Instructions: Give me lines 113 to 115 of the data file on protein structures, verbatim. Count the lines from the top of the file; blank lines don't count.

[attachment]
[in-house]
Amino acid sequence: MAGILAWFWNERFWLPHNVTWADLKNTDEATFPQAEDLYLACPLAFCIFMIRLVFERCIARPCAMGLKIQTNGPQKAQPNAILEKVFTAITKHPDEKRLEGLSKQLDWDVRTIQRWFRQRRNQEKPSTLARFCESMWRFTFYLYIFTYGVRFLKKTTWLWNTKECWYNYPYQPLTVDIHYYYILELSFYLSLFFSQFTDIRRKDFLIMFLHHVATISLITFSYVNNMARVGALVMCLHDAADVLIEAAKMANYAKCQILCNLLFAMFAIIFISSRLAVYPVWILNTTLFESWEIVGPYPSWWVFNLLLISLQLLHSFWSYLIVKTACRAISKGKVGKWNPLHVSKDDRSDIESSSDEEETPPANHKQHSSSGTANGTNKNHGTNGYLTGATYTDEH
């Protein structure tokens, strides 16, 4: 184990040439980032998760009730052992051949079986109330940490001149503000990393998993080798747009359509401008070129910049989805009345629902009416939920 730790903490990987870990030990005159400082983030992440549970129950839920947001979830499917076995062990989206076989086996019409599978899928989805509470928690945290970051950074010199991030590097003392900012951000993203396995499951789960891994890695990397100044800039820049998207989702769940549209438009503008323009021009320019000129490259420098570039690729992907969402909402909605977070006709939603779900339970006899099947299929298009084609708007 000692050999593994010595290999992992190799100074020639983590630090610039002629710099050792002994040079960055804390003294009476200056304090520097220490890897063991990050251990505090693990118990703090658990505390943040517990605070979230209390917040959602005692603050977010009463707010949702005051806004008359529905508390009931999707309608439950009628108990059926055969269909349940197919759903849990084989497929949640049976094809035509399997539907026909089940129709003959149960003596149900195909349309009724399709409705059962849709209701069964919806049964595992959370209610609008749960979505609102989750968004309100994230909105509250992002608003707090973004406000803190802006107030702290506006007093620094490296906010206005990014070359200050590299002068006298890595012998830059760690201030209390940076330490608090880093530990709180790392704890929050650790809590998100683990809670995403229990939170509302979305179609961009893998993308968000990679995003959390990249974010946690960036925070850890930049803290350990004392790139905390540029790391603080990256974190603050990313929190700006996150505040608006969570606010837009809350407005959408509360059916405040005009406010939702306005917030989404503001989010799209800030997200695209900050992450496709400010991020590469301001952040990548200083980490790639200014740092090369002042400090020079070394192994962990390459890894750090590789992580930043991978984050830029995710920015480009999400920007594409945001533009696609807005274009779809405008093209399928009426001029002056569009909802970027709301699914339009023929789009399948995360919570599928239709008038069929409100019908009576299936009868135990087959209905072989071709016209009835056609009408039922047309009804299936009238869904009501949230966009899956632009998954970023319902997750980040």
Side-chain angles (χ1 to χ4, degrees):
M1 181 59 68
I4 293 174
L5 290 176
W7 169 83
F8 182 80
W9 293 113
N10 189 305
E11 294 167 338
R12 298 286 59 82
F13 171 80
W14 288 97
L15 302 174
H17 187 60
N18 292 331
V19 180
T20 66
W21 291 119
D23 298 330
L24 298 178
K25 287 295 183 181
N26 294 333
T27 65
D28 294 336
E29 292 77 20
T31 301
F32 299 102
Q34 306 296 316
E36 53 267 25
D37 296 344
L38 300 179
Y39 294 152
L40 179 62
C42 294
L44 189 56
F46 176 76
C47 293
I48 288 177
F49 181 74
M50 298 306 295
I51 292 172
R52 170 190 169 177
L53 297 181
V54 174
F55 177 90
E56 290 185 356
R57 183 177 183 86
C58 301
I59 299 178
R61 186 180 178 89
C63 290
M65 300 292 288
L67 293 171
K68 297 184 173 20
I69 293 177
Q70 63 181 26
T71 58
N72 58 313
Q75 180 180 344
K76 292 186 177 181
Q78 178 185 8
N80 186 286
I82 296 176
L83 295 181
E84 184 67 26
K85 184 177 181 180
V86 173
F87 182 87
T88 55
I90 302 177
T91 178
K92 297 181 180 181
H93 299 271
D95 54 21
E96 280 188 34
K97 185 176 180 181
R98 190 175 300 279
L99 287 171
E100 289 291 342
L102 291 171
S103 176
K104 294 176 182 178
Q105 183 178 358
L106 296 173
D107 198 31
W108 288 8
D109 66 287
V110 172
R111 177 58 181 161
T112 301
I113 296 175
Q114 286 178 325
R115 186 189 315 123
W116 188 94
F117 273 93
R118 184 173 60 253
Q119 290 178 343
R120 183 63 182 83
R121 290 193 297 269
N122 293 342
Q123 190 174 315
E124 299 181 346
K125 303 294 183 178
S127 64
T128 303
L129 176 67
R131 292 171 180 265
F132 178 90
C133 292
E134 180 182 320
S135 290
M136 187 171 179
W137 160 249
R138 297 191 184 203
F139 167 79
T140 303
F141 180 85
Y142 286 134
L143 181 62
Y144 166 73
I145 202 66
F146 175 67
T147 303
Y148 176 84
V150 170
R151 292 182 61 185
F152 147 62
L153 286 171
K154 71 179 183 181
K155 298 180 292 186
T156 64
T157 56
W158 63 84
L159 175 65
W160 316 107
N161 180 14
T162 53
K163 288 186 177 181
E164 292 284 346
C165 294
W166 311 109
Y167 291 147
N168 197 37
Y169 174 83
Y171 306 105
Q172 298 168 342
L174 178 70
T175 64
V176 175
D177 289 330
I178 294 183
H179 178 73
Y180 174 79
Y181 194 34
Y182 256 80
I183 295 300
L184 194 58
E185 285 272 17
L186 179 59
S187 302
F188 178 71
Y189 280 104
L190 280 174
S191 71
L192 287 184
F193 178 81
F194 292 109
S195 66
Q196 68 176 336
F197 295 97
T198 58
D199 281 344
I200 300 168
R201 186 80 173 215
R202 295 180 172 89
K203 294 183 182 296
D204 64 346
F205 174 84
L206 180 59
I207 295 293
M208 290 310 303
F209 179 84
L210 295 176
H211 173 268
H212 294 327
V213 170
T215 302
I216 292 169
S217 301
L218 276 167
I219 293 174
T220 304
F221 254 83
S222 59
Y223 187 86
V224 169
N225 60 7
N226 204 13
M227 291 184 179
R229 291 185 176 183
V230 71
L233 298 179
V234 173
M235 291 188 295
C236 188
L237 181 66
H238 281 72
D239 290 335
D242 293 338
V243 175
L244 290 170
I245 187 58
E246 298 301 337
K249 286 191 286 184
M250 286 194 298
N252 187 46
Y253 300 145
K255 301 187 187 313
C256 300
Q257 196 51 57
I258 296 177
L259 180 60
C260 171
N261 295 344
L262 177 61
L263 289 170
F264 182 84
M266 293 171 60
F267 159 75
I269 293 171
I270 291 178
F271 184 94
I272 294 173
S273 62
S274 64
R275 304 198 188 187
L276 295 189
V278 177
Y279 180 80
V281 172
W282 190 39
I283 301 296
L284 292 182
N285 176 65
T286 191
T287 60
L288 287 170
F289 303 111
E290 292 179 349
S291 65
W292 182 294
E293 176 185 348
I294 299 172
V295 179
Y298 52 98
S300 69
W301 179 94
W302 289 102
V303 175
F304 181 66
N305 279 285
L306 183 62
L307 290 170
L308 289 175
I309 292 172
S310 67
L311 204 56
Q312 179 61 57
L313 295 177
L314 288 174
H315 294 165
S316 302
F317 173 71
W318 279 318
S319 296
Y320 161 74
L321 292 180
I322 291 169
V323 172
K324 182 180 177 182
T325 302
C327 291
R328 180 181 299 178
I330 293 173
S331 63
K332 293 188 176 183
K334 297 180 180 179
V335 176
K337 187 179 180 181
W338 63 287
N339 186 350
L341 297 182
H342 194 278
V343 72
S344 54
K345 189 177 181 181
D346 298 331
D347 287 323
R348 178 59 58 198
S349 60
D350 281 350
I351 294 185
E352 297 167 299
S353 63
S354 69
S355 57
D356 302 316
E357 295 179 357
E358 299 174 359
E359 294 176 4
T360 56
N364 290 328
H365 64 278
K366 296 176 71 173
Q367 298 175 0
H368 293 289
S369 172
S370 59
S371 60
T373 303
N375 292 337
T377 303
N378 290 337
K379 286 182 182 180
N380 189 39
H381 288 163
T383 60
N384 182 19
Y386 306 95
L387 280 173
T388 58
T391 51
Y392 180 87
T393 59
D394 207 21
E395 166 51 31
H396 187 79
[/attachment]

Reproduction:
E134 180 182 320
S135 290
M136 187 171 179